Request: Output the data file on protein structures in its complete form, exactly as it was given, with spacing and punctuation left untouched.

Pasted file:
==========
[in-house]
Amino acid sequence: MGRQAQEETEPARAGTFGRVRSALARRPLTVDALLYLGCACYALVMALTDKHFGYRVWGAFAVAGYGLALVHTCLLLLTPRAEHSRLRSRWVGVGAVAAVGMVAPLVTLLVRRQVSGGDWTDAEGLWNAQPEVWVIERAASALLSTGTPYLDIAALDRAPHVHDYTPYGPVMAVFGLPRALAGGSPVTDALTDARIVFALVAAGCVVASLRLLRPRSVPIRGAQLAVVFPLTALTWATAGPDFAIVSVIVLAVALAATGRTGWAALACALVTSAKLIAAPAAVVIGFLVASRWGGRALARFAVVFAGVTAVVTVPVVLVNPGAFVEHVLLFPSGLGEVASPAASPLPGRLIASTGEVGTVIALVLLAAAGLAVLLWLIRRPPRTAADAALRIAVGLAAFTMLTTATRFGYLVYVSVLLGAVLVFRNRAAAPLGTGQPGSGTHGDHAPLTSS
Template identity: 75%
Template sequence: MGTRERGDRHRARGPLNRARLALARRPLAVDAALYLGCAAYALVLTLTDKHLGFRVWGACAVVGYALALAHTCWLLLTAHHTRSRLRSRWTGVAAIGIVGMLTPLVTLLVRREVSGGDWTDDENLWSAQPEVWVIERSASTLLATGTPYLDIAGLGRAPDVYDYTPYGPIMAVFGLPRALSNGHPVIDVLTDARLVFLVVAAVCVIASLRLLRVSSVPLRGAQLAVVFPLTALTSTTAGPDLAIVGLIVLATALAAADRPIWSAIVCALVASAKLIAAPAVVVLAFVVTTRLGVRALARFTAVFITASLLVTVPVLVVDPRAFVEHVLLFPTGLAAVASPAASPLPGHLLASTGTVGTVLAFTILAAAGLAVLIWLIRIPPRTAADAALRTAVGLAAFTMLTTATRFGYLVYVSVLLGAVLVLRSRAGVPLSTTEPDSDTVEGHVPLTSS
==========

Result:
[in-house]
Amino acid sequence: MGRQAQEETEPARAGTFGRVRSALARRPLTVDALLYLGCACYALVMALTDKHFGYRVWGAFAVAGYGLALVHTCLLLLTPRAEHSRLRSRWVGVGAVAAVGMVAPLVTLLVRRQVSGGDWTDAEGLWNAQPEVWVIERAASALLSTGTPYLDIAALDRAPHVHDYTPYGPVMAVFGLPRALAGGSPVTDALTDARIVFALVAAGCVVASLRLLRPRSVPIRGAQLAVVFPLTALTWATAGPDFAIVSVIVLAVALAATGRTGWAALACALVTSAKLIAAPAAVVIGFLVASRWGGRALARFAVVFAGVTAVVTVPVVLVNPGAFVEHVLLFPSGLGEVASPAASPLPGRLIASTGEVGTVIALVLLAAAGLAVLLWLIRRPPRTAADAALRIAVGLAAFTMLTTATRFGYLVYVSVLLGAVLVFRNRAAAPLGTGQPGSGTHGDHAPLTSS
Template identity: 75%
Template sequence: MGTRERGDRHRARGPLNRARLALARRPLAVDAALYLGCAAYALVLTLTDKHLGFRVWGACAVVGYALALAHTCWLLLTAHHTRSRLRSRWTGVAAIGIVGMLTPLVTLLVRREVSGGDWTDDENLWSAQPEVWVIERSASTLLATGTPYLDIAGLGRAPDVYDYTPYGPIMAVFGLPRALSNGHPVIDVLTDARLVFLVVAAVCVIASLRLLRVSSVPLRGAQLAVVFPLTALTSTTAGPDLAIVGLIVLATALAAADRPIWSAIVCALVASAKLIAAPAVVVLAFVVTTRLGVRALARFTAVFITASLLVTVPVLVVDPRAFVEHVLLFPTGLAAVASPAASPLPGHLLASTGTVGTVLAFTILAAAGLAVLIWLIRIPPRTAADAALRTAVGLAAFTMLTTATRFGYLVYVSVLLGAVLVLRSRAGVPLSTTEPDSDTVEGHVPLTSS